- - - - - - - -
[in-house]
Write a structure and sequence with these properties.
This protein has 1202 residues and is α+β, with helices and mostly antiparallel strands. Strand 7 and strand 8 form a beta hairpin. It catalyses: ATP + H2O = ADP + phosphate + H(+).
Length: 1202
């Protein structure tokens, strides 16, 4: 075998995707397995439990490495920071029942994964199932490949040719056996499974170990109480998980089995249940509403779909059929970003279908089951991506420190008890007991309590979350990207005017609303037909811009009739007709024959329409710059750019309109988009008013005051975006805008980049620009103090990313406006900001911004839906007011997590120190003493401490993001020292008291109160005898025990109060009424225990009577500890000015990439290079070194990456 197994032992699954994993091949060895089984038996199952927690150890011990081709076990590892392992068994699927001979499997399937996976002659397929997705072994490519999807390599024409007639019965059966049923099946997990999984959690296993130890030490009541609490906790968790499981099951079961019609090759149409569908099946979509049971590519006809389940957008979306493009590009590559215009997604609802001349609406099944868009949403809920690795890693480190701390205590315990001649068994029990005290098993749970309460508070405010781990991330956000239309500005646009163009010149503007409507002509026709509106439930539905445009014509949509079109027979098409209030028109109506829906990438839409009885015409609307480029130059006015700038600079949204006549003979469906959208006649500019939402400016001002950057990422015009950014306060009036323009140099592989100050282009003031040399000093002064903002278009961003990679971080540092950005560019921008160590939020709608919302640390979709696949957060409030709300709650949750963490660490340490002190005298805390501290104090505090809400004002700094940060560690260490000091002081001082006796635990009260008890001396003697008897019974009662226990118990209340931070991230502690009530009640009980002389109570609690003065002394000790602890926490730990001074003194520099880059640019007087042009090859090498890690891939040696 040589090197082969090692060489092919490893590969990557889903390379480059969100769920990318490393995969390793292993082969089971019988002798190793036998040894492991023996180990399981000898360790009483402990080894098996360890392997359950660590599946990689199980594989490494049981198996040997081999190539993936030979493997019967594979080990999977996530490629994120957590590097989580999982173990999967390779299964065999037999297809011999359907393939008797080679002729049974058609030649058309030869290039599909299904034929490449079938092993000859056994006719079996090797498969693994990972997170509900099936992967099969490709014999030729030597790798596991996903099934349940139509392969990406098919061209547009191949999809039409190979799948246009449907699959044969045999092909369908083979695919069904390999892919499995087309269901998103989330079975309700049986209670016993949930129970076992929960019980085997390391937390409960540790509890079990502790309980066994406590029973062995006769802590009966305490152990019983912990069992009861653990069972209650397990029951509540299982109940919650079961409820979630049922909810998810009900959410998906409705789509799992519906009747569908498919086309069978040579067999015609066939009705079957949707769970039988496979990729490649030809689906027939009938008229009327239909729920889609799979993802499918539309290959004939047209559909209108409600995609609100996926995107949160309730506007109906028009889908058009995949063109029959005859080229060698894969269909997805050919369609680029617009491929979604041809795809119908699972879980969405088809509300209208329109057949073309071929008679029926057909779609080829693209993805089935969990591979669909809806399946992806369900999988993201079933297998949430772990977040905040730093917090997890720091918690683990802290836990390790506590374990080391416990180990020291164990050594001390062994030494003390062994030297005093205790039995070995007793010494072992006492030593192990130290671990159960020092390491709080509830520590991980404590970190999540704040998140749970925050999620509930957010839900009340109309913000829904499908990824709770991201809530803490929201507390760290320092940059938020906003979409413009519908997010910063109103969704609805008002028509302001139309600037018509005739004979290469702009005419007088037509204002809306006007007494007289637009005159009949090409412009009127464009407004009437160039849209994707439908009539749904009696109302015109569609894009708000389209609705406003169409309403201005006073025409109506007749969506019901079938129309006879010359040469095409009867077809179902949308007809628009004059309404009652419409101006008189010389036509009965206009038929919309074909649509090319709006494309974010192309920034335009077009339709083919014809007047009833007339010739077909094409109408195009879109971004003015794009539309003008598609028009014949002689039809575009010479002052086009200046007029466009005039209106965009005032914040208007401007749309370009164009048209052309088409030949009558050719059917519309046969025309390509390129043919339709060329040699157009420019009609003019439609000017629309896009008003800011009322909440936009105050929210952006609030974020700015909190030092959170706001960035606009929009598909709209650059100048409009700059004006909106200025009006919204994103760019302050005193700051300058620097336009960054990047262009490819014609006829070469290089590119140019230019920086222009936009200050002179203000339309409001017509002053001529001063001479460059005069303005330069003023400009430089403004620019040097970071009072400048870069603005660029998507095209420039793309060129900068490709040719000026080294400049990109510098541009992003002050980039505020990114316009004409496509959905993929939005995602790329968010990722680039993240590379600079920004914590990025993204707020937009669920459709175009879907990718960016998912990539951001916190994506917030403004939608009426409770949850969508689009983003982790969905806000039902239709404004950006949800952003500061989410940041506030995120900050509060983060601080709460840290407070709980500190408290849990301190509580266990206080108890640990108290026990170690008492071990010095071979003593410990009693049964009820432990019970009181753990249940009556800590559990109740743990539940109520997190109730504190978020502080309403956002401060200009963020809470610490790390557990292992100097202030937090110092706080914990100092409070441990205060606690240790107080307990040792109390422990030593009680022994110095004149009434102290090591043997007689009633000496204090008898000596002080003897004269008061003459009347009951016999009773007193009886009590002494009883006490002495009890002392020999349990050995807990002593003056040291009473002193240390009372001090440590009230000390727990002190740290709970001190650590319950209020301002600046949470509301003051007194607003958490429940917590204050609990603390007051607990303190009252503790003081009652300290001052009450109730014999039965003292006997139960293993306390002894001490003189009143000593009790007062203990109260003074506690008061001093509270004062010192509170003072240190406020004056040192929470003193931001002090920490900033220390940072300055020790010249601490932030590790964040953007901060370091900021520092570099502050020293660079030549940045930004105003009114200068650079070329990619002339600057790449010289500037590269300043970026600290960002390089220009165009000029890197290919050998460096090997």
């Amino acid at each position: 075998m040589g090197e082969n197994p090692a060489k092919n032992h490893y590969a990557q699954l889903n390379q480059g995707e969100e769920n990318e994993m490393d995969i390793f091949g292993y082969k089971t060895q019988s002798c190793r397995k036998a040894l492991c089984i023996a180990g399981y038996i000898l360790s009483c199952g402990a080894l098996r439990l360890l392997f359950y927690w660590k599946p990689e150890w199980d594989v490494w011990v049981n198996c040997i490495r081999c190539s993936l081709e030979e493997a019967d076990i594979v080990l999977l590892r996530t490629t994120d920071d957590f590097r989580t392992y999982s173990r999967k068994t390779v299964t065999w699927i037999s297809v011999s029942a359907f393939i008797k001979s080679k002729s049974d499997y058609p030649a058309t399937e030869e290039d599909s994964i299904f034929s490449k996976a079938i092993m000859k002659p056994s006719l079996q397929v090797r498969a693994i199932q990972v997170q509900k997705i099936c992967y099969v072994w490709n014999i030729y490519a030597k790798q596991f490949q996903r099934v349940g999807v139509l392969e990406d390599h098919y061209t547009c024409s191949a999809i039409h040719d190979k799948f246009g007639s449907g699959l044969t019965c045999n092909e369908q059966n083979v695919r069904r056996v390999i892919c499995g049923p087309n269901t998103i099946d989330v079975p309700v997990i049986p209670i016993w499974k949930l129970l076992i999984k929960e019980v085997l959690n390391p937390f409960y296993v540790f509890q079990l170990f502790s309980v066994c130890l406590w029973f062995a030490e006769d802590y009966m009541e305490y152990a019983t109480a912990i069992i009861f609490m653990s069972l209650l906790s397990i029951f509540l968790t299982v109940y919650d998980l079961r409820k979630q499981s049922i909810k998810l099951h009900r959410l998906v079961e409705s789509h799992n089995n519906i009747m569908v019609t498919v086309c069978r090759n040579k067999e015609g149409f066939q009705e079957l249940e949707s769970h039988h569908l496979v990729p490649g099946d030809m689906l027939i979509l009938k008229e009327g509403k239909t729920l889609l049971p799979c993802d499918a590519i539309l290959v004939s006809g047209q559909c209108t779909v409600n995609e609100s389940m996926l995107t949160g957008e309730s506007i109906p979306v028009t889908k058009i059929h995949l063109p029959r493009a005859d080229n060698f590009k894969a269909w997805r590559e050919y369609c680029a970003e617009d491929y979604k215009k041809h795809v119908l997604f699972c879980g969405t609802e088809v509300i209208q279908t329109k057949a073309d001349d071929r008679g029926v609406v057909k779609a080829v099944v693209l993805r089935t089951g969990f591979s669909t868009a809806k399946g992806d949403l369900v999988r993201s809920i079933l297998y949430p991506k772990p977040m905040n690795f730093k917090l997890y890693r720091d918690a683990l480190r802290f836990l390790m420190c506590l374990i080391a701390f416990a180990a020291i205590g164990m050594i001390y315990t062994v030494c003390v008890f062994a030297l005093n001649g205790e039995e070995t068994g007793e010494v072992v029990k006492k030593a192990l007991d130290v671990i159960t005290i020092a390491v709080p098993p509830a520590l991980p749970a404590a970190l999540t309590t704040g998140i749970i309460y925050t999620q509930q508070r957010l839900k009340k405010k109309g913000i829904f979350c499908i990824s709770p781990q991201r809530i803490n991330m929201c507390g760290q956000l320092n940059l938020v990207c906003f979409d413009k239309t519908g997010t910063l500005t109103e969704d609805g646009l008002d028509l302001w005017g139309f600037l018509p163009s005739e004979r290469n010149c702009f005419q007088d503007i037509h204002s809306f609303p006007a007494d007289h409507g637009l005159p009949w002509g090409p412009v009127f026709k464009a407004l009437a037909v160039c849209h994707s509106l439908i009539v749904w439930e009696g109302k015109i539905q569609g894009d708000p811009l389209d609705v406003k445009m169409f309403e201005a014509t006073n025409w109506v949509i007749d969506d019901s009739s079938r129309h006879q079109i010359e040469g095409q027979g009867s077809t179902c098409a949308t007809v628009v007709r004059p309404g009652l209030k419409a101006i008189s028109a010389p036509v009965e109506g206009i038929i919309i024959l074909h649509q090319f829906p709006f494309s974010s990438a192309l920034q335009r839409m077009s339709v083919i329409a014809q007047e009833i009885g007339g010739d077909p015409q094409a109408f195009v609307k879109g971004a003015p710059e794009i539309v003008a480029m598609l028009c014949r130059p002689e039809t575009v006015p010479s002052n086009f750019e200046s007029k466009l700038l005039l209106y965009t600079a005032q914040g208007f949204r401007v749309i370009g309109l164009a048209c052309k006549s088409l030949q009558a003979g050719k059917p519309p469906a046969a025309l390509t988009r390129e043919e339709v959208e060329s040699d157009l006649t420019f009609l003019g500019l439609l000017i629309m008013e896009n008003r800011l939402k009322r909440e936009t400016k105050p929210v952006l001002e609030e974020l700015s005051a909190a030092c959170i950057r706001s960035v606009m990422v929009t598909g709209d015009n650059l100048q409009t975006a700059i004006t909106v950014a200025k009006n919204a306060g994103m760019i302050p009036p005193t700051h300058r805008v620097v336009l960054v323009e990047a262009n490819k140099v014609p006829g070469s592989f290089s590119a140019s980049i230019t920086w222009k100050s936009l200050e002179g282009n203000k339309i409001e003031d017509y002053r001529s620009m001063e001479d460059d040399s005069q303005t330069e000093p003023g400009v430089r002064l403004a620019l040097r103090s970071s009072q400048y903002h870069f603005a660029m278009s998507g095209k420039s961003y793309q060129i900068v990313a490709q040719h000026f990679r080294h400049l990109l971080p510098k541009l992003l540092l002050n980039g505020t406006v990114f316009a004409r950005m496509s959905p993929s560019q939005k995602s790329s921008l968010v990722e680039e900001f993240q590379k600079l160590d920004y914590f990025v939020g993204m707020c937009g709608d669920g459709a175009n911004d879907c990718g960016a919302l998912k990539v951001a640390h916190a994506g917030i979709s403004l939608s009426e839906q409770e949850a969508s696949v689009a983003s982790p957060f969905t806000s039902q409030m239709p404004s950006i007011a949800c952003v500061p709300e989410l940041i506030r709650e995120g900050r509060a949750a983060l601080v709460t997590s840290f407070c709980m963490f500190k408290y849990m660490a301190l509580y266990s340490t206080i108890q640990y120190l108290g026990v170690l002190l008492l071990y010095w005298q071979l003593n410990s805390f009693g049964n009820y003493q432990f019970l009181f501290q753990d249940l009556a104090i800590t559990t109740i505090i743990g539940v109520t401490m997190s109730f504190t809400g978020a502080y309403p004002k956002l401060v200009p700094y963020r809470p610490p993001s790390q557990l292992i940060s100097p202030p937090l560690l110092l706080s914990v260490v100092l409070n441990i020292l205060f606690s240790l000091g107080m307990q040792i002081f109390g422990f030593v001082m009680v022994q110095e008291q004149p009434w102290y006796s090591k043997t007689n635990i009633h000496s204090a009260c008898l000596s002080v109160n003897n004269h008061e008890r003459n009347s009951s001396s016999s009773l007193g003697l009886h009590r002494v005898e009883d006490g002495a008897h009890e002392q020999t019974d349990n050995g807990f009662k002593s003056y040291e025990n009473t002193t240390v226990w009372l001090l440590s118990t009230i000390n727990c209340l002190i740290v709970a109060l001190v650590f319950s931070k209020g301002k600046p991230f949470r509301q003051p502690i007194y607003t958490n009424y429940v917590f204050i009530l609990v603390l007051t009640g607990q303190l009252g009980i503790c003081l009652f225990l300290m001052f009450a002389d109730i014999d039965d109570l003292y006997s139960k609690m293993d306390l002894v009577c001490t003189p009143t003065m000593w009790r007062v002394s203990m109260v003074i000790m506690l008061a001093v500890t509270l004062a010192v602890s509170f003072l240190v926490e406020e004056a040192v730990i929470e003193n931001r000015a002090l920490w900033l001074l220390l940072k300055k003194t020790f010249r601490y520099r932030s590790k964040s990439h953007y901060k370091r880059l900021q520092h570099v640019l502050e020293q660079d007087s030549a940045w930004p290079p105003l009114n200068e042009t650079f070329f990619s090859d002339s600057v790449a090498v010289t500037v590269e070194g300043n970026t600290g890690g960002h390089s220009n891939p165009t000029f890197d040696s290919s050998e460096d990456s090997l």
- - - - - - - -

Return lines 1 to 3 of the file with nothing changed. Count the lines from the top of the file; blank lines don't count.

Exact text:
[in-house]
Write a structure and sequence with these properties.
This protein has 1202 residues and is α+β, with helices and mostly antiparallel strands. Strand 7 and strand 8 form a beta hairpin. It catalyses: ATP + H2O = ADP + phosphate + H(+).